Unwinding a trust is tricky business

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Best book and movie about estate planning topics

Yes, there are exciting stories about estate planning! Here are our choices.

Best movie – The Descendants with George Clooney:

http://www.amazon.com/Descendants-George-Clooney/dp/B004UXUX4Q/ref=sr_1_1?s=movies-tv&ie=UTF8&qid=1379536875&sr=1-1&keywords=the+descendants

Best book – The Summons by John Grisham:

http://www.amazon.com/The-Summons-Novel-John-Grisham/dp/0345531981/ref=sr_1_1?ie=UTF8&qid=1379536832&sr=8-1&keywords=the+summons

Good analysis of how stock market may react to end of the Fed maintaining low interest rates

Can Stocks Hold Up Once Tapering Begins?

Great summary and review of a classic book on investing

Review: The Little Book of Common Sense Investing – The Simple Dollar

How to deal with rising interest rates and the resulting decline in bond yields

Get Ready for the Next Round of Bond Pain

Short answer: hold shorter duration bonds

Fifteen wealthy people who will be leaving the majority of their estate to charity

Estate Planning may never be the same:

Not all of the world’s billionaires are dedicated to being extraordinarily altruistic — many decide to spend their money indulging in fancy cars, planes, and yachts.

But others want to spread as much of their wealth as possible before they die. A select few even want that last check to only cover the cost of their funeral.

Of course, not everyone stands to gain from such selflessness — namely, the children of these generous donors.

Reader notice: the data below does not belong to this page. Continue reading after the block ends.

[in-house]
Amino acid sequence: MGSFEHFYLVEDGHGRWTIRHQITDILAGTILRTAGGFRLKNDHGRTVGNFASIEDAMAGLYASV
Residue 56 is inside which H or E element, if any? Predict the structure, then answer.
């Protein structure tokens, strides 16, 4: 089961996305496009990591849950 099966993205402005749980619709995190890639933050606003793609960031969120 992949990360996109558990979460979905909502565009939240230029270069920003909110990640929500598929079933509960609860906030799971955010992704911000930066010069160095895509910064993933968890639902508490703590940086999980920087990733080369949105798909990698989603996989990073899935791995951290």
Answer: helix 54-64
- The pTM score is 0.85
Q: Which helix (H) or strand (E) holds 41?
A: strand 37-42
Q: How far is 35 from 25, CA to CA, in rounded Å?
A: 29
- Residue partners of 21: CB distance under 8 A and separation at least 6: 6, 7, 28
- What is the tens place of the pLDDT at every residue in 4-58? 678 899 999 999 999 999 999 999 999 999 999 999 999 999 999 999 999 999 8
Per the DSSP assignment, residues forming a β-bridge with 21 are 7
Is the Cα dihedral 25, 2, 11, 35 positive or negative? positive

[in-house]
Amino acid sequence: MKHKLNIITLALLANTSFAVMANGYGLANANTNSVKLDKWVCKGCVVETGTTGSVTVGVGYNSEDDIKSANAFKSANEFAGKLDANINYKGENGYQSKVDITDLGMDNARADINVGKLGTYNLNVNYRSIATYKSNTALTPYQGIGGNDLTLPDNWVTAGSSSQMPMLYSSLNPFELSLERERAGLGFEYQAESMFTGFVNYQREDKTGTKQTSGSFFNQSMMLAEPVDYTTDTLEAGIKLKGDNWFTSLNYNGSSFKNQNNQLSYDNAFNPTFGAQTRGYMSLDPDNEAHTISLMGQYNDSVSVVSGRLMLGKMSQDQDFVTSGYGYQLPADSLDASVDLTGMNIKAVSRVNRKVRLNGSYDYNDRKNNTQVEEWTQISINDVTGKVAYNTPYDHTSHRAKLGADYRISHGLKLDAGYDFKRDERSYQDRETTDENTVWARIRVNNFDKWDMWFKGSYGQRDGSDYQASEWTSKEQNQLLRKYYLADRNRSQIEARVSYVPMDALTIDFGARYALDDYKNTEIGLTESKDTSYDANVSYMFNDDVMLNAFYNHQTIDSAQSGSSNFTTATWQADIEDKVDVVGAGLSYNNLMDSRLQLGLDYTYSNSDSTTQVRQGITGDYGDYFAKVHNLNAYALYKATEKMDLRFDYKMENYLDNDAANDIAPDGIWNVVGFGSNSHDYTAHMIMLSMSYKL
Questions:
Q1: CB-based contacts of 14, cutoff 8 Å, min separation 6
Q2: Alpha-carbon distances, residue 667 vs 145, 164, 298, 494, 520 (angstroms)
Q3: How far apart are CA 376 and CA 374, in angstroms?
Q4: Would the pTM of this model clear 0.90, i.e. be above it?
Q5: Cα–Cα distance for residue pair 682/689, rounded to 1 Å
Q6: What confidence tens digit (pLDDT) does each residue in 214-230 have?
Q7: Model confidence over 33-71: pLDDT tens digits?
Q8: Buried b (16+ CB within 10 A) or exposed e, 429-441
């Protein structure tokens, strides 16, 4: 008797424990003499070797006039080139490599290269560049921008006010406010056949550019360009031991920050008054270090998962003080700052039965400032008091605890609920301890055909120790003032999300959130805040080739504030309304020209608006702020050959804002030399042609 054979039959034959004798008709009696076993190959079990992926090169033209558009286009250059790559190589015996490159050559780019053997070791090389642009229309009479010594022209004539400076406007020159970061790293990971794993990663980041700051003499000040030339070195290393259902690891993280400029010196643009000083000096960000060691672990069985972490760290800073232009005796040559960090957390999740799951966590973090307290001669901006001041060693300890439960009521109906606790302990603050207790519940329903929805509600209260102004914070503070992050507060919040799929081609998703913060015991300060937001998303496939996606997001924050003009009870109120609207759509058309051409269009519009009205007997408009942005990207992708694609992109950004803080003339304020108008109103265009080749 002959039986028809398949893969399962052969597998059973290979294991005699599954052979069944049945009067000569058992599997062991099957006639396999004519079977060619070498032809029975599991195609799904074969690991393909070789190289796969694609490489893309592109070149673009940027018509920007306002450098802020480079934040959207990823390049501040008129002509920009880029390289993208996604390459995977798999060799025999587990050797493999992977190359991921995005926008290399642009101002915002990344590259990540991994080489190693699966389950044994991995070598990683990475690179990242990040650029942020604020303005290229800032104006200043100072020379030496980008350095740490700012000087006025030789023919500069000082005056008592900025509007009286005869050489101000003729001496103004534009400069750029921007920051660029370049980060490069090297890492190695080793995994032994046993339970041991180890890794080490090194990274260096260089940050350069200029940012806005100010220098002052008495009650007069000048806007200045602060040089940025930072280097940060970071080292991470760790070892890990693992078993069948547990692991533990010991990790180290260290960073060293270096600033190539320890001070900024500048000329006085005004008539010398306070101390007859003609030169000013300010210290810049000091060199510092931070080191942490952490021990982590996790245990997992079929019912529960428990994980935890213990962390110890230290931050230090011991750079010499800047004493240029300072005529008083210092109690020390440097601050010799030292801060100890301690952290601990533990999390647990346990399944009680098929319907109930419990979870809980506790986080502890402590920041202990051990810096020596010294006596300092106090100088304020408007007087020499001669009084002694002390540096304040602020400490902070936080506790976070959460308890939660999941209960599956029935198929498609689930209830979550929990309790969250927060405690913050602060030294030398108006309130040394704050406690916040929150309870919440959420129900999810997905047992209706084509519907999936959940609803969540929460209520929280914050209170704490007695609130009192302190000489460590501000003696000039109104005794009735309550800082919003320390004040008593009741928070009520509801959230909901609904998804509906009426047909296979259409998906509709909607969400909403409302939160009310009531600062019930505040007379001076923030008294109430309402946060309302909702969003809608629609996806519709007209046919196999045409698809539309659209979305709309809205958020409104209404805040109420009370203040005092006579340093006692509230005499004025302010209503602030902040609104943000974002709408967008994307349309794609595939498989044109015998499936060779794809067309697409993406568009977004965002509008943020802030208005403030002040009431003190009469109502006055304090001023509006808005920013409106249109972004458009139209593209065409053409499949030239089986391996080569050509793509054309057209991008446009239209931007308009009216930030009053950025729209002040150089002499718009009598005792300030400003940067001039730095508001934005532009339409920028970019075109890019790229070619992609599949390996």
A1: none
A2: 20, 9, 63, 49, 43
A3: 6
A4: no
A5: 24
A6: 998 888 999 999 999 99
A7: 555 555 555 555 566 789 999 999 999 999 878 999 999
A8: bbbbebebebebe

Though they will still have untold opportunities, advantages, and connections, to help them succeed, the children of these 15 tycoons won’t be living large off their inheritances.

  1. Warren Buffet
  2. Pierre Omidyar
  3. Michael Bloomburg
  4. Gene Simmons
  5. Gina Rinehart
  6. Bill Gates
  7. Jackie Chan
  8. Bernard Marcus
  9. Chuck Feeney
  10. Nigella Lawson
  11. Ted Turner
  12. John Arnold
  13. Andrew Lloyd Webber
  14. George Lucas
  15. T. Boone Pickens

Most of the above, is in response to The Giving Pledge, an initiative started by Bill Gates and Warren Buffet, encouraging billionaires and other wealthy individuals to give away at lease 50% of their wealth to charity.

In regards to their estate planning, quite a few want the last check they write to bounce.

See the full story:

http://finance.yahoo.com/news/15-tycoons-who-won-t-leave-their-fortunes-to-their-kids-195610442.html?page=all

It’s been a tough couple of years for hedge funds

From the Wall Street Journal: Hedge Funds Severely Underperforming This Year

A typical hedge fund has risen 4%, on average, this year through Aug. 9, according to an analysis conducted by Goldman Sachs. That performance compares to a 20% total return (including dividends) for the S&P 500 over the same time frame, meaning the market has outperformed an average hedge fund by five times this year.

Hedge funds, on average, underperformed the markets last year as well, with an 8% gain, compared to a 16% total return for the S&P 500.

State level estate taxes are hitting some people hard